LDD: “When I Need You”/Leo Sayer. This is the kind of letter Casey liked best, from a wheelchair-using former swimmer to the 17-year-old candy striper/nurse who responded to his anger and depression over the accident that paralyzed him by telling him he was better off than a lot of people in this world, before dying herself after being thrown from a horse. Because I have an irrational love for “When I Need You,” I will excuse the letter and the two minutes it took to read it, but come on.

5. “Sailing”/Christopher Cross. This gets its own entry instead of being lumped with the rest of the yacht rockers in the earlier post because it’s the most perfect example of the form, or so I have heard. But I didn’t like it in 1980, and I don’t have to like it now, either. The strings weigh it down so it kills momentum on the radio, and Cross can’t sing a lick. Without the promotional clout of a major label behind it and “Ride Like the Wind” to pave the way, it would have been sunk. (Yacht. Sunk. Hey-yo!) But it had all that going for it, plus the adult-ification of pop radio that we’ve discussed here a couple times this year.

3. “Emotional Rescue”/Rolling Stones. At #3 for a fourth week in row. After 40 years, I have decided to surrender to the weirdness of this and start liking it.

2. “All Out of Love”/Air Supply. I just typed and deleted the sentence “‘All Out of Love’ spent four years at #2.” It was four weeks, but you get the idea.

1. “Upside Down”/Diana Ross. Song lyrics can be poetry, but not all lyrics are poetry. We know how certain words and phrases fill a space or work well with the music, and not necessarily to carry any particular meaning. So it is with the repeated line “I say to thee respectfully” in “Upside Down,” which would be lame if wasn’t in the service of the funkiest thing Diana Ross ever took to #1.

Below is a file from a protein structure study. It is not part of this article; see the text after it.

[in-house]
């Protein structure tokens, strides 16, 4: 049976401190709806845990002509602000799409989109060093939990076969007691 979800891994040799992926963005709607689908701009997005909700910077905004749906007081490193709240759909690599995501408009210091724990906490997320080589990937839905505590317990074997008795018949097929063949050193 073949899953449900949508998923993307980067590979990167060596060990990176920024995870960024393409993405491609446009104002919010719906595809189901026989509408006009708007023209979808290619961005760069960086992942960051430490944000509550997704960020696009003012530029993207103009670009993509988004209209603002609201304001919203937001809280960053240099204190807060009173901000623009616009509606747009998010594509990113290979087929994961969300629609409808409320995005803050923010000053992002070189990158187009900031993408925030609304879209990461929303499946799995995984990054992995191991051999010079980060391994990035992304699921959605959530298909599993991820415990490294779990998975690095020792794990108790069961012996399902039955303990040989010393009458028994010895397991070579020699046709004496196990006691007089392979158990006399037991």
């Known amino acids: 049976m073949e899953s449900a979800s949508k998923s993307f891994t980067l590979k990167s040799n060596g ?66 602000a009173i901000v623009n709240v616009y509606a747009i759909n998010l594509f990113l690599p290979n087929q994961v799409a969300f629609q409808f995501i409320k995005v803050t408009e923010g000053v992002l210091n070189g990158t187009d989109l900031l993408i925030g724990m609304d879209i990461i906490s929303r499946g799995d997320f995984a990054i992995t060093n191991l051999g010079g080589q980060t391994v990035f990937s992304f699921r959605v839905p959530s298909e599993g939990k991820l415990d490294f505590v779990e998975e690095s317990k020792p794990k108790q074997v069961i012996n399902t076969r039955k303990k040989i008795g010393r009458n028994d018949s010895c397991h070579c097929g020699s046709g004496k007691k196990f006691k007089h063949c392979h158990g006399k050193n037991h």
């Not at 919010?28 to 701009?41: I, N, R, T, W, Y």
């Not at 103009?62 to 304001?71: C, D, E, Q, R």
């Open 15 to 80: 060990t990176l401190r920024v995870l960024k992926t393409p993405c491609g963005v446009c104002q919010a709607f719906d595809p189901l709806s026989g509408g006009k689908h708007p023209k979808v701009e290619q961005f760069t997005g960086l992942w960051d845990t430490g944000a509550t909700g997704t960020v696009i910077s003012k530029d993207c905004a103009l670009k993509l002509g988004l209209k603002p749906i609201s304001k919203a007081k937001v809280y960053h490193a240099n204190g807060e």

Real Love

Embed from Getty Images

(Pictured: Amy Holland, who has been Mrs. Michael McDonald since 1983.)

I have had my issues with American Top 40 shows from 1980 in the past, but what the hell, let’s take a bash at another one. It’s from September 13, 1980.

Casey starts the show by thanking last week’s fill-in, Australian personality Gordon Elliott, who would later become a fixture on American TV by producing various cooking and talk shows and hosting his own. After a recap of the previous week’s top three, it’s on with the countdown—which, among other things, represents a sort of high-water mark for a particular style.

40. “Who’ll Be the Fool Tonight”/Larsen-Feiten Band
39. “First Time Love”/Livingston Taylor
38. “How Do I Survive”/Amy Holland
29. “Look What You’ve Done to Me”/Boz Scaggs
28. “Real Love”/Doobie Brothers
20. “Hot Rod Hearts”/Robbie Dupree
14. “You’re the Only Woman”/Ambrosia
11. “Into the Night”/Benny Mardones
6. “Give Me the Night”/George Benson

I like a lot of yacht rock, but I don’t care for the term “yacht rock” itself. A lot of the people who use it, up to and including Sirius/XM on Yacht Rock Radio, do so to demean or belittle a certain group of artists and a musical style, as if it had been quaint and vaguely cheesy even in 1980 but we poor benighted simpletons weren’t able to tell. Holier-than-thou postmodern hipness makes me tired. Americans have difficulty correctly remembering stuff that happened six months ago; we misunderstand the world of 1980 as profoundly as we misunderstand the Middle Ages.